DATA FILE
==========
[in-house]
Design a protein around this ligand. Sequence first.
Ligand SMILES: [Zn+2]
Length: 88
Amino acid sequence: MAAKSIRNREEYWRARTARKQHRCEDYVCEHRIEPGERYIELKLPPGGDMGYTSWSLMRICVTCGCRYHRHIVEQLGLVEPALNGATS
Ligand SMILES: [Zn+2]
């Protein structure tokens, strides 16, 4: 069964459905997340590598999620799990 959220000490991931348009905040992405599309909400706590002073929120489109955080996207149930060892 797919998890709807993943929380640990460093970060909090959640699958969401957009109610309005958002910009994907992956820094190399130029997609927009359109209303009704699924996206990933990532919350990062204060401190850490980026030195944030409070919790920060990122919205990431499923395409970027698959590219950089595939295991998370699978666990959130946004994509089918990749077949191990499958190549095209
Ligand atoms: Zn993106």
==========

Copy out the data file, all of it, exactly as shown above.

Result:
[in-house]
Design a protein around this ligand. Sequence first.
Ligand SMILES: [Zn+2]
Length: 88
Amino acid sequence: MAAKSIRNREEYWRARTARKQHRCEDYVCEHRIEPGERYIELKLPPGGDMGYTSWSLMRICVTCGCRYHRHIVEQLGLVEPALNGATS
Ligand SMILES: [Zn+2]
């Protein structure tokens, strides 16, 4: 069964459905997340590598999620799990 959220000490991931348009905040992405599309909400706590002073929120489109955080996207149930060892 797919998890709807993943929380640990460093970060909090959640699958969401957009109610309005958002910009994907992956820094190399130029997609927009359109209303009704699924996206990933990532919350990062204060401190850490980026030195944030409070919790920060990122919205990431499923395409970027698959590219950089595939295991998370699978666990959130946004994509089918990749077949191990499958190549095209
Ligand atoms: Zn993106």